Historic portraits of ‘outstanding’ Black Americans featured in new online exhibit

Pieces from a 1940s collection of portraits showcasing prominent Black Americans are back on virtual display in a new exhibition by the Pearl S. Buck House.

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Jane Matilda Bolin by Betsy Graves Reyneau

A portrait of Jane Matilda Bolin by Betsy Graves Reyneau. Jane Matilda Bolin was the first Black woman to graduate from Yale Law School, and the first Black Woman to join the New York City Law Department. (National Portrait Gallery, Smithsonian Institution; gift of the Harmon Foundation)

Pieces from a historic collection of painted portraits showcasing prominent Black Americans are back on virtual display, more than 75 years after the collection first debuted.

“Portraits of Outstanding Americans of Negro Origin” was commissioned in 1943 by William Harmon, a wealthy real estate developer who created a foundation in his own name to raise awareness of the accomplishments of African Americans. The series includes scientists, business leaders, activists, artists and intellectuals — like inventor George Washington Carver, opera singer Marian Anderson, philosopher Alain Locke, and Jane Matilda Bolin, the first Black woman to graduate from Yale Law School and the first to join the New York City Law Department — people Harmon thought the public should know better.

Seven paintings from that historic exhibition have been included in a new online exhibition by the Pearl S. Buck House in Bucks County, to unpack the Nobel Prize-winning novelist’s involvement with the civil rights movement, and her connections with many of its leaders who are featured in the portrait collection.

The first set of 23 portraits were painted by Laura Wheeler Waring, a Black artist who trained at the Pennsylvania Academy of the Fine Arts in Philadelphia and taught at Cheyney University for three decades; and Betsy Graves Reyneau, a white artist who trained in Boston and eventually settled in Moorestown, New Jersey.

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When the exhibit opened at the Smithsonian Institute in 1944, both First Lady Eleanor Roosevelt and Vice President Henry Wallace attended. Once it had drawn more than 21,000 visitors, the Harmon Foundation set the collection out on the road for a tour, where it was shown in 40 venues over 10 years, breaking attendance records.

As the tour continued throughout the 1940s, more portraits were commissioned until there were almost 50 in total.

Then, in 1954, the United States Supreme Court ruled on Brown v. Board of Education, abolishing legal segregation. The Harmon Foundation, believing racial tolerance had been achieved, discontinued the exhibition. With racial parity achieved, the show was no longer needed.

The foundation donated 41 portraits to the National Portrait Gallery, where they are sometimes displayed, but rarely together as they were originally intended.

While the exhibition was on tour, it was often used as a backdrop for racially integrated social functions.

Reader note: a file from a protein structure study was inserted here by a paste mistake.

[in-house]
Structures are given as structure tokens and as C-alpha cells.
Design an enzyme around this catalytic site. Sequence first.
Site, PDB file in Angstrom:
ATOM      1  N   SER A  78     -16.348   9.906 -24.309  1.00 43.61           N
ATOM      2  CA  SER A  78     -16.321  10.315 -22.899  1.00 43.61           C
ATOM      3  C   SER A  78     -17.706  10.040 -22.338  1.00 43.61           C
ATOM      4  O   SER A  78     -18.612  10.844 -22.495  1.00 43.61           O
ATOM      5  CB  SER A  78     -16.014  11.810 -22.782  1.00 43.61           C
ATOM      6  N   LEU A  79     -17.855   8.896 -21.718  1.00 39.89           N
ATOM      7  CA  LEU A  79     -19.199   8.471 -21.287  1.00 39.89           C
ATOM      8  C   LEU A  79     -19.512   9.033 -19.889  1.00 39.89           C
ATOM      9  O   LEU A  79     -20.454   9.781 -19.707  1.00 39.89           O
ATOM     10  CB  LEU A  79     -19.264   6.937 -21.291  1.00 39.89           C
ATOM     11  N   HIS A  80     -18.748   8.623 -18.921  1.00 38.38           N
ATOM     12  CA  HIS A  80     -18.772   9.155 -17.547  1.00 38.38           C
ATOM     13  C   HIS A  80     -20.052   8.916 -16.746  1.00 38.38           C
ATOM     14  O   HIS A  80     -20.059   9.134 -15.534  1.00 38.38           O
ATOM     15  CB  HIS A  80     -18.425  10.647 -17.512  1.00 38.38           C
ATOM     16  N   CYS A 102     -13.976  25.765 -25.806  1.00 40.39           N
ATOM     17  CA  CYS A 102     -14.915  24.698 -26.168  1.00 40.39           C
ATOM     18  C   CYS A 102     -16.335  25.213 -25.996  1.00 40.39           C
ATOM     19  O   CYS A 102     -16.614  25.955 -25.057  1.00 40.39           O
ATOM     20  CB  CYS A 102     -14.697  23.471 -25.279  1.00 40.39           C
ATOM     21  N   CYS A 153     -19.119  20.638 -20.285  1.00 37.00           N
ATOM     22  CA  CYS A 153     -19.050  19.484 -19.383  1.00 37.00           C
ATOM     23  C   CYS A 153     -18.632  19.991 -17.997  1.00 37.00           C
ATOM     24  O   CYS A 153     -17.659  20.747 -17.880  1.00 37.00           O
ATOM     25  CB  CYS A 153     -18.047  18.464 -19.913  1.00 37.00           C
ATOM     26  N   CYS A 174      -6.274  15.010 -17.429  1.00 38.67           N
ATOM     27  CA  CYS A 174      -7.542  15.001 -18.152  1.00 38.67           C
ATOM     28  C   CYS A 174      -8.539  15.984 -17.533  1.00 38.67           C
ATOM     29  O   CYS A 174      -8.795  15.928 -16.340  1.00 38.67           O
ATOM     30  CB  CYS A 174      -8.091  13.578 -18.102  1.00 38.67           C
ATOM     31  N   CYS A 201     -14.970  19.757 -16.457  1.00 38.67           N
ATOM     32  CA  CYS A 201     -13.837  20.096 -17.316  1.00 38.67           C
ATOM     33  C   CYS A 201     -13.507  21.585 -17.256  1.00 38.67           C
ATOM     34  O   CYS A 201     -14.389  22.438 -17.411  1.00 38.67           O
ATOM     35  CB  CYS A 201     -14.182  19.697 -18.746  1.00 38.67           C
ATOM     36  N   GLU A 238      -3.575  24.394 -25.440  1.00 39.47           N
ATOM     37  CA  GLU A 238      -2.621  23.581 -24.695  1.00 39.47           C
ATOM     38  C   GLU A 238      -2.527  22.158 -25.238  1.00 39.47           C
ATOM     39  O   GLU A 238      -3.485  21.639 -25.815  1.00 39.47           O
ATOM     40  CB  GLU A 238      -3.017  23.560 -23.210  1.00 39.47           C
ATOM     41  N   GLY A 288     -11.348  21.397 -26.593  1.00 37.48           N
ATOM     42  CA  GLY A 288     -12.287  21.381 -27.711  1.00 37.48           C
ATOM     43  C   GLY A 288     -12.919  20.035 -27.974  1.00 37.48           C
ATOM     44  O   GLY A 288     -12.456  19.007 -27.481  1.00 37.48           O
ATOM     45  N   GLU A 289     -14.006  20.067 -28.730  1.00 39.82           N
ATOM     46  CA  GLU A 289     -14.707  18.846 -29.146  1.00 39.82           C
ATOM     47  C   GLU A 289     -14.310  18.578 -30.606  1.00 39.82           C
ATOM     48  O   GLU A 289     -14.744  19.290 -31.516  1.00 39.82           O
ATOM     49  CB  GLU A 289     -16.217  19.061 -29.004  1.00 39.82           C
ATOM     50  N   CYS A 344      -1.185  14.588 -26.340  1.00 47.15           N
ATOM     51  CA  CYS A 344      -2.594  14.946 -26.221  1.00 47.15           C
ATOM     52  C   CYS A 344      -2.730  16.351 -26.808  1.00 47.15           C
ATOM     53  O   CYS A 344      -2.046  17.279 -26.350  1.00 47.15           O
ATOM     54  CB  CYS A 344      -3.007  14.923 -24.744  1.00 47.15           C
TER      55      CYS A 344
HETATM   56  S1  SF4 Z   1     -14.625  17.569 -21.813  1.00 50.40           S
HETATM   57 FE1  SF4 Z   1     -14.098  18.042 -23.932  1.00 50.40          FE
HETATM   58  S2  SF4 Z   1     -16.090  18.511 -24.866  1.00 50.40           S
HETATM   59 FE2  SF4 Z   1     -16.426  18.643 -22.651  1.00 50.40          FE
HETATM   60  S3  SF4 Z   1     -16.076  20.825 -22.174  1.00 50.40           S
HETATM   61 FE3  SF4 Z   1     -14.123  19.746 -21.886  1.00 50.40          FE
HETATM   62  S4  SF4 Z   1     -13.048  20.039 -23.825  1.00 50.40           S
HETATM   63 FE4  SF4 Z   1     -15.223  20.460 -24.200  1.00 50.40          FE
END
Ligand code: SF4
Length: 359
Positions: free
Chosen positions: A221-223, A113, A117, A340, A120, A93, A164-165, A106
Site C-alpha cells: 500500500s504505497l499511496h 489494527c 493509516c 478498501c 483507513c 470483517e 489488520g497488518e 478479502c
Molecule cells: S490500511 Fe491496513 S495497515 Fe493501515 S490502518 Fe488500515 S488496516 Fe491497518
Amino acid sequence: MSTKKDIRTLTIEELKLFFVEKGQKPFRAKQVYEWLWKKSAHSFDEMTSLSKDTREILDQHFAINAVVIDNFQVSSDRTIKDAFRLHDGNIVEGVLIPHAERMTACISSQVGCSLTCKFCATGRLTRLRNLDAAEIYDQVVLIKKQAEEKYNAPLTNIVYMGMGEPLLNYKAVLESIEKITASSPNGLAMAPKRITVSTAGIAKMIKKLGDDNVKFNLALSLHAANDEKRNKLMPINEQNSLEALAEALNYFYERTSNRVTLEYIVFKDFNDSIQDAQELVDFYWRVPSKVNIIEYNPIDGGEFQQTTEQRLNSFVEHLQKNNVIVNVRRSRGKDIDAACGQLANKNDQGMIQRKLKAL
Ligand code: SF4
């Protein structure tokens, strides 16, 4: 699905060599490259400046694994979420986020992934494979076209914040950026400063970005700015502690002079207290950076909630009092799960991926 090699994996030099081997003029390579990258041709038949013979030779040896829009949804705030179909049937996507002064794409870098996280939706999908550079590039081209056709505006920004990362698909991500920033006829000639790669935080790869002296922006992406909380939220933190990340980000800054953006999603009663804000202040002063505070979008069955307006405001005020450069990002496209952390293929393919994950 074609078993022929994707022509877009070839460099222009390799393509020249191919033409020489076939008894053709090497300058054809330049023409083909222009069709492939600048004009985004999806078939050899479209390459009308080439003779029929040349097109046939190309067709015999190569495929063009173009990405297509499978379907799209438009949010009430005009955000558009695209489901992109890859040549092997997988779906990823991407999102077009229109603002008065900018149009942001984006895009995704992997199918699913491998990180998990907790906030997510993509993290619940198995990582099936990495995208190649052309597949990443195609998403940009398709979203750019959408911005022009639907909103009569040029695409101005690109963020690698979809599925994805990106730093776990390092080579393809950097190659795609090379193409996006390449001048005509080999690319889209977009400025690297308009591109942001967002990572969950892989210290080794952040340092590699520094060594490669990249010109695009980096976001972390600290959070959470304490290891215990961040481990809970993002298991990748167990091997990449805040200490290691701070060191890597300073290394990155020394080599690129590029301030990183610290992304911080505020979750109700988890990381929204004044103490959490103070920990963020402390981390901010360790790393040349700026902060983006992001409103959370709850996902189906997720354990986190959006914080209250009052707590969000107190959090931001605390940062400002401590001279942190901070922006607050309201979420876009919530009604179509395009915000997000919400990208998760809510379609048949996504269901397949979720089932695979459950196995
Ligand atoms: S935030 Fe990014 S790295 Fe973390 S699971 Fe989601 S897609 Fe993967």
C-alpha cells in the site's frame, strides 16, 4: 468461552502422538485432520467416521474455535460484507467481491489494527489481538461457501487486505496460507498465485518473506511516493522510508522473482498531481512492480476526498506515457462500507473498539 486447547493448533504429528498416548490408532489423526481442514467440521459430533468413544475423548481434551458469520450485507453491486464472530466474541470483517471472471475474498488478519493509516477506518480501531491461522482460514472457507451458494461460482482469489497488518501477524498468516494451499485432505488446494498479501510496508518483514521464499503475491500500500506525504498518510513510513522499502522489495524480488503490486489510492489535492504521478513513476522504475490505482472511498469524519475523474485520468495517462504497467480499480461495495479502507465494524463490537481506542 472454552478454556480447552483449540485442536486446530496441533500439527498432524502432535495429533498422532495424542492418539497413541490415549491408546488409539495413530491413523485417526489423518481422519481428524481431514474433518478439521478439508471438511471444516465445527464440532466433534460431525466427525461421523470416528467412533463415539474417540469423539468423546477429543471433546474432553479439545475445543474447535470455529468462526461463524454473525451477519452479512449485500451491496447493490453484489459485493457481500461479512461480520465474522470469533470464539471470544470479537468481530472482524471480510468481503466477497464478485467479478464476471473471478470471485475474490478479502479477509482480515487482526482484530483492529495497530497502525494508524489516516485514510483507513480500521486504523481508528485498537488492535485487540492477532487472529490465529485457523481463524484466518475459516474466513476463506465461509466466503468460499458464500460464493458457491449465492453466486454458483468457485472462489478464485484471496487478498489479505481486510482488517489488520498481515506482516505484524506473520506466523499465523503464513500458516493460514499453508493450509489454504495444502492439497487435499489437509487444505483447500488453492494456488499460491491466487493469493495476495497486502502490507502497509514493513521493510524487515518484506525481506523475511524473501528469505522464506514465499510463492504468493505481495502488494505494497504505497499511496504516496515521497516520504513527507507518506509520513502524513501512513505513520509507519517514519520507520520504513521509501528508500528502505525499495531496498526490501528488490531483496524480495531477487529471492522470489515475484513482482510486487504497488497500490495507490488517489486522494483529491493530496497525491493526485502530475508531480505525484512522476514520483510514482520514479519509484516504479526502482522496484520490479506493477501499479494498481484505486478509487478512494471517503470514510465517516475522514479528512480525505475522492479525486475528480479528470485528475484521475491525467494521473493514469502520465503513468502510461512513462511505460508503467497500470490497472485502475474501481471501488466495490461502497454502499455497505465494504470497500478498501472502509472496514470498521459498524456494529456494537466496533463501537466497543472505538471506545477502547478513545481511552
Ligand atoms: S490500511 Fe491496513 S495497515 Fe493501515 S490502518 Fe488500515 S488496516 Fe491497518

One organization that leveraged the exhibition to promote the advancement of civil rights was the East and West Association, founded by Bucks County novelist Pearl S. Buck.

“She created this association so that people on one side of the world could understand the other side of the world. They had radio broadcasts, they had exhibits, they had lists of books to learn about a specific country or a people,” said Marie Toner, curator of the Pearl S. Buck House, the 68-acre Perkasie estate where the Nobel-prize winning author lived.

“This exhibition became very important to the East and West Association.”

Toner created an online exhibition, “Pearl S. Buck Taking Action: Civil Rights in America,” featuring images and text pulled from the Buck archive, including seven from the portrait series.

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Best known for her novels, including “The Good Earth,” and her work with international adoption and children living in poverty, Buck also devoted much of her time to promoting civil rights and racial equality in America.

“I don’t think people know her work with civil rights,” said Toner. “Now more than ever, we need to know she did these things.”

The exhibition traces Buck’s personal connection with many of the portrait subjects. She was a frequent contributor to “Opportunity: Journal of Negro Life,” co-created by Eugene Knickle Jones. Buck delivered a graduation commencement address at Howard University during the tenure of its first president, Mordecai Wyatt Johnson. She corresponded with Channing Tobias, a member of President Truman’s Committee on Civil Rights and first Black director of the Phelps-Stokes Fund.

In 1949, she co-wrote a book with Eslanda Goode Robeson, wife of the singer Paul Robeson, about their conversations on race, called “American Argument.” Buck also adopted two Black children.

Buck was also an acquaintance of Reyneau, who gave Buck copies of the portraits she painted for the series. The images in the online exhibition come from the Buck archive of monochrome copies of the original full-color canvasses.

Toner wants to place Buck in the civil rights movement to show a lesser-known side of the literary giant as a strong advocate for racial justice — Langston Hughes once described Buck as the “current Harriet Beecher Stowe to the Race,” referring to the 19th century abolitionist and author of “Uncle Tom’s Cabin,” because of her work against racism.

Although Buck was hardly at the center of the civil rights movement, she was part of a diverse network promoting racial equality that included many people featured in the Harmon portrait collection.

“Including the portraits really showed the power of people working together to come up with a solution,” she said. “It really highlighted what Pearl Buck did.”

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